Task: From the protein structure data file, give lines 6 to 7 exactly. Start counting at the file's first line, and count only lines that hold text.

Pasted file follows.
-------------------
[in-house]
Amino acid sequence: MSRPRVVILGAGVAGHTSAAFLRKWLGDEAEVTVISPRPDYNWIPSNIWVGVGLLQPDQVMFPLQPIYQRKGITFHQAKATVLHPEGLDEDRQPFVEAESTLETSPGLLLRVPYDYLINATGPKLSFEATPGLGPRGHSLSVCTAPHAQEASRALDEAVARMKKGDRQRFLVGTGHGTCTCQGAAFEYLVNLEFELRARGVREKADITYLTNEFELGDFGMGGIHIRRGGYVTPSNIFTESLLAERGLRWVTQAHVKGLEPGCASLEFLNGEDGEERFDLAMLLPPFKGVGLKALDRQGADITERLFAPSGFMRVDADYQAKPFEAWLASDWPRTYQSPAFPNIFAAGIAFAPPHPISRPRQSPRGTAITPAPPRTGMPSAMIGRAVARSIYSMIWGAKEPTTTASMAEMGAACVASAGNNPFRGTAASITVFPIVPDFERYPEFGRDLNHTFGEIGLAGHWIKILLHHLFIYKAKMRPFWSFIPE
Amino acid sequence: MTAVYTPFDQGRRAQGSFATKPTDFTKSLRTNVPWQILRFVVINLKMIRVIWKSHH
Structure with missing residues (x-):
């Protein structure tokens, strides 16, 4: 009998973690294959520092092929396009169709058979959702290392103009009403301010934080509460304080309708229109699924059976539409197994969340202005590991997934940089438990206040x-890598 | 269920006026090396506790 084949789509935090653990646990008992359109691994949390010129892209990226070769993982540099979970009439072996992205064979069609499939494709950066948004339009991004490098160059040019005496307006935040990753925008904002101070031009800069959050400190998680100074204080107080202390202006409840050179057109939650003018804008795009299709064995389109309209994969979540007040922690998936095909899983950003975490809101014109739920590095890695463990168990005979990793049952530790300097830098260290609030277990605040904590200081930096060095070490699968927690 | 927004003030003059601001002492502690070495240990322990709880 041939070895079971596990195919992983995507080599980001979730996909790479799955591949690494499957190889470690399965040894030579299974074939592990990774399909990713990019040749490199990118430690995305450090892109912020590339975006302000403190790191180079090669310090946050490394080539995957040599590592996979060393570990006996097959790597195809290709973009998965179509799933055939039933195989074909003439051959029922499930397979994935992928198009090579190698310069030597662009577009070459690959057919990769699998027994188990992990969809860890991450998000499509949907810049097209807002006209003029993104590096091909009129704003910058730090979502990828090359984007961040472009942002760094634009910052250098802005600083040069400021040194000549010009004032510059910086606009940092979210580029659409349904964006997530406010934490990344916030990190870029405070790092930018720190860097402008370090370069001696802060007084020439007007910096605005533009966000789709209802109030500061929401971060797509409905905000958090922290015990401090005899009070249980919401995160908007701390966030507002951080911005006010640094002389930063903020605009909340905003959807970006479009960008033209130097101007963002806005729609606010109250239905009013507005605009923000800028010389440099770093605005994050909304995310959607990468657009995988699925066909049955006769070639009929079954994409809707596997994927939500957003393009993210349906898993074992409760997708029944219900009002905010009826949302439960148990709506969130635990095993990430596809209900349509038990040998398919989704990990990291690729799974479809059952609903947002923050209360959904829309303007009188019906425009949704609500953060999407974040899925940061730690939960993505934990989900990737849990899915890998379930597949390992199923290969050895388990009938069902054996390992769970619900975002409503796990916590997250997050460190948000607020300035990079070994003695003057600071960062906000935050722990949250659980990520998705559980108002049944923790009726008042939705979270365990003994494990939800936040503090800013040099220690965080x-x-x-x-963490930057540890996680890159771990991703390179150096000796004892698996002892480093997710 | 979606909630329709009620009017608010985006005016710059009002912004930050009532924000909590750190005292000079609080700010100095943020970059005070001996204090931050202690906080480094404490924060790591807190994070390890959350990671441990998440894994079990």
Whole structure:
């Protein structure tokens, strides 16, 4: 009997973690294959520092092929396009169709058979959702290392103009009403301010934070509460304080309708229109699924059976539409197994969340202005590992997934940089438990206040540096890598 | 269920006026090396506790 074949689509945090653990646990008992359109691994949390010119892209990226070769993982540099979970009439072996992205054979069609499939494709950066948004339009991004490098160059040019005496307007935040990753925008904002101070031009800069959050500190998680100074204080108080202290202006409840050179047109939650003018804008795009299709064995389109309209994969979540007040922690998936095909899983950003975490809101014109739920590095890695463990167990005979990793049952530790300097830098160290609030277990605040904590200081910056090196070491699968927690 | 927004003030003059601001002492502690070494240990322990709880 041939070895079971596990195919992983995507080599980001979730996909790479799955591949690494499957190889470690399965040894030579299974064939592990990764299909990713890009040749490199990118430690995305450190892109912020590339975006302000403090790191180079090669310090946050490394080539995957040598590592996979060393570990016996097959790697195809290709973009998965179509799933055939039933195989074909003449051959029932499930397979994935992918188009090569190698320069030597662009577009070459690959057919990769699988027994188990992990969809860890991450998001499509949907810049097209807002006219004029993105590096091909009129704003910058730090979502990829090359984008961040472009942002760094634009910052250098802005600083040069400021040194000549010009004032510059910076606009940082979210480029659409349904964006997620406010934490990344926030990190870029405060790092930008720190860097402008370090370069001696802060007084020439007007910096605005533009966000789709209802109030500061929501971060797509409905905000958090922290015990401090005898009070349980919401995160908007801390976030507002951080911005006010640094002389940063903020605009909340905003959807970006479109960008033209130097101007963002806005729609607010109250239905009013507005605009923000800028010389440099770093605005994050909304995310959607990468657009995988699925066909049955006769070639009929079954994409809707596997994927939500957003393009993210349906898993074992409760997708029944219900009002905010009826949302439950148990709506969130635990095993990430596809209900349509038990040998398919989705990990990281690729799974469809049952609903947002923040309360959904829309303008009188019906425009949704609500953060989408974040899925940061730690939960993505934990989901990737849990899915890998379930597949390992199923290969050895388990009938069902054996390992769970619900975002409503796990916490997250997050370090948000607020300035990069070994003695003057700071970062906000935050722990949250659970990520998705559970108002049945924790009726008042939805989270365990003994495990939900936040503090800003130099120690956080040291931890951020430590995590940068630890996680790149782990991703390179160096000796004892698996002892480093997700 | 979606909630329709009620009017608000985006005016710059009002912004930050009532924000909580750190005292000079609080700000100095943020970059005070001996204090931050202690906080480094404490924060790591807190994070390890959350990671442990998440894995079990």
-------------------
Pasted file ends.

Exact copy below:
Whole structure:
């Protein structure tokens, strides 16, 4: 009997973690294959520092092929396009169709058979959702290392103009009403301010934070509460304080309708229109699924059976539409197994969340202005590992997934940089438990206040540096890598 | 269920006026090396506790 074949689509945090653990646990008992359109691994949390010119892209990226070769993982540099979970009439072996992205054979069609499939494709950066948004339009991004490098160059040019005496307007935040990753925008904002101070031009800069959050500190998680100074204080108080202290202006409840050179047109939650003018804008795009299709064995389109309209994969979540007040922690998936095909899983950003975490809101014109739920590095890695463990167990005979990793049952530790300097830098160290609030277990605040904590200081910056090196070491699968927690 | 927004003030003059601001002492502690070494240990322990709880 041939070895079971596990195919992983995507080599980001979730996909790479799955591949690494499957190889470690399965040894030579299974064939592990990764299909990713890009040749490199990118430690995305450190892109912020590339975006302000403090790191180079090669310090946050490394080539995957040598590592996979060393570990016996097959790697195809290709973009998965179509799933055939039933195989074909003449051959029932499930397979994935992918188009090569190698320069030597662009577009070459690959057919990769699988027994188990992990969809860890991450998001499509949907810049097209807002006219004029993105590096091909009129704003910058730090979502990829090359984008961040472009942002760094634009910052250098802005600083040069400021040194000549010009004032510059910076606009940082979210480029659409349904964006997620406010934490990344926030990190870029405060790092930008720190860097402008370090370069001696802060007084020439007007910096605005533009966000789709209802109030500061929501971060797509409905905000958090922290015990401090005898009070349980919401995160908007801390976030507002951080911005006010640094002389940063903020605009909340905003959807970006479109960008033209130097101007963002806005729609607010109250239905009013507005605009923000800028010389440099770093605005994050909304995310959607990468657009995988699925066909049955006769070639009929079954994409809707596997994927939500957003393009993210349906898993074992409760997708029944219900009002905010009826949302439950148990709506969130635990095993990430596809209900349509038990040998398919989705990990990281690729799974469809049952609903947002923040309360959904829309303008009188019906425009949704609500953060989408974040899925940061730690939960993505934990989901990737849990899915890998379930597949390992199923290969050895388990009938069902054996390992769970619900975002409503796990916490997250997050370090948000607020300035990069070994003695003057700071970062906000935050722990949250659970990520998705559970108002049945924790009726008042939805989270365990003994495990939900936040503090800003130099120690956080040291931890951020430590995590940068630890996680790149782990991703390179160096000796004892698996002892480093997700 | 979606909630329709009620009017608000985006005016710059009002912004930050009532924000909580750190005292000079609080700000100095943020970059005070001996204090931050202690906080480094404490924060790591807190994070390890959350990671442990998440894995079990």